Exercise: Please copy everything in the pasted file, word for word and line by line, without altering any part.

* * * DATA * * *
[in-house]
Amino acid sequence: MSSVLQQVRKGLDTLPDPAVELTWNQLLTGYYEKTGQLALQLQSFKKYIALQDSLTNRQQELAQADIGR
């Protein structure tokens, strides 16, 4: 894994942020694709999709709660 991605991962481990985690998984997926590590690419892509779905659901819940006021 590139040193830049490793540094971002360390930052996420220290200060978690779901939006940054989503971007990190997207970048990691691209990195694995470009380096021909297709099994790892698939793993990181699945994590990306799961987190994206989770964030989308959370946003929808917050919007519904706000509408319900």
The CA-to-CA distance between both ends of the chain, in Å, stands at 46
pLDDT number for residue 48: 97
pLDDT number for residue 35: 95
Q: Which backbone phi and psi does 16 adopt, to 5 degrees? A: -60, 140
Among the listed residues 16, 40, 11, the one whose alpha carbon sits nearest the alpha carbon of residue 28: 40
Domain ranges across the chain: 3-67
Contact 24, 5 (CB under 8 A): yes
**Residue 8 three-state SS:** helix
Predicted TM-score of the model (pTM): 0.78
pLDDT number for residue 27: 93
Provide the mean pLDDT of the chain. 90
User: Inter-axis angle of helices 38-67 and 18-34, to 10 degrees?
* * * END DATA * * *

[in-house]
Amino acid sequence: MSSVLQQVRKGLDTLPDPAVELTWNQLLTGYYEKTGQLALQLQSFKKYIALQDSLTNRQQELAQADIGR
């Protein structure tokens, strides 16, 4: 894994942020694709999709709660 991605991962481990985690998984997926590590690419892509779905659901819940006021 590139040193830049490793540094971002360390930052996420220290200060978690779901939006940054989503971007990190997207970048990691691209990195694995470009380096021909297709099994790892698939793993990181699945994590990306799961987190994206989770964030989308959370946003929808917050919007519904706000509408319900």
The CA-to-CA distance between both ends of the chain, in Å, stands at 46
pLDDT number for residue 48: 97
pLDDT number for residue 35: 95
Q: Which backbone phi and psi does 16 adopt, to 5 degrees? A: -60, 140
Among the listed residues 16, 40, 11, the one whose alpha carbon sits nearest the alpha carbon of residue 28: 40
Domain ranges across the chain: 3-67
Contact 24, 5 (CB under 8 A): yes
**Residue 8 three-state SS:** helix
Predicted TM-score of the model (pTM): 0.78
pLDDT number for residue 27: 93
Provide the mean pLDDT of the chain. 90
User: Inter-axis angle of helices 38-67 and 18-34, to 10 degrees?